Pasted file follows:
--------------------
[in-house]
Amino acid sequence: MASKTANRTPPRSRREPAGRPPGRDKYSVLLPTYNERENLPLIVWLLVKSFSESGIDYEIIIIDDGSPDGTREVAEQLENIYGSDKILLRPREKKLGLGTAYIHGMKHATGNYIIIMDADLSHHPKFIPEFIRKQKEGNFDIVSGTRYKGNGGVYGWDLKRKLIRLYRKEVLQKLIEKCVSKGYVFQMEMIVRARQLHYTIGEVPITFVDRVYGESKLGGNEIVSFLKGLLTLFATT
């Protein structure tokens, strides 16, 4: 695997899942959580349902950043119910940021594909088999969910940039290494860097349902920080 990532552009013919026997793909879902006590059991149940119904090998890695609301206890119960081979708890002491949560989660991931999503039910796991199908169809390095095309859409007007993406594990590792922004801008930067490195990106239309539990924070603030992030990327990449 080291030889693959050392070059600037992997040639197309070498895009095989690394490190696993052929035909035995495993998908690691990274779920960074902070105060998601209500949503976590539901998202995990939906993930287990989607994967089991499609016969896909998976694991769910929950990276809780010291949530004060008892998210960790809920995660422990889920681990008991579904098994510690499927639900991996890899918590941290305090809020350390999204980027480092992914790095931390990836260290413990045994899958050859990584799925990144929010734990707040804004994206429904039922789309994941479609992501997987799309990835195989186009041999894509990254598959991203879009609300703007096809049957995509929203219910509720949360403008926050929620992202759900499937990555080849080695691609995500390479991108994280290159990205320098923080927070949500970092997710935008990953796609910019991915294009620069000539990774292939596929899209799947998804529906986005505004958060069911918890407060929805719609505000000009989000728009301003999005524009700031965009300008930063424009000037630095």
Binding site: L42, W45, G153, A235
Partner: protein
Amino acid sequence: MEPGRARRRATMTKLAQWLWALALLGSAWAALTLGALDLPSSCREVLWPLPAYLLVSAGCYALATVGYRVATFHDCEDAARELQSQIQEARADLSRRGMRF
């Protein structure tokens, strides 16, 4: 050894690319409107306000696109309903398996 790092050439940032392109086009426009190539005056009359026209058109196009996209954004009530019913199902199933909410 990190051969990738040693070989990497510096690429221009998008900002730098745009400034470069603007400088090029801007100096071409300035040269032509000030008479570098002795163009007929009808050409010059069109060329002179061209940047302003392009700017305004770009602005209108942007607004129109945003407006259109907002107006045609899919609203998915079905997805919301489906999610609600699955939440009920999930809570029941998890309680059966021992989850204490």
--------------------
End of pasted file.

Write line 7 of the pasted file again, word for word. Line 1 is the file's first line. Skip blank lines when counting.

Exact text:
């Protein structure tokens, strides 16, 4: 050894690319409107306000696109309903398996 790092050439940032392109086009426009190539005056009359026209058109196009996209954004009530019913199902199933909410 990190051969990738040693070989990497510096690429221009998008900002730098745009400034470069603007400088090029801007100096071409300035040269032509000030008479570098002795163009007929009808050409010059069109060329002179061209940047302003392009700017305004770009602005209108942007607004129109945003407006259109907002107006045609899919609203998915079905997805919301489906999610609600699955939440009920999930809570029941998890309680059966021992989850204490």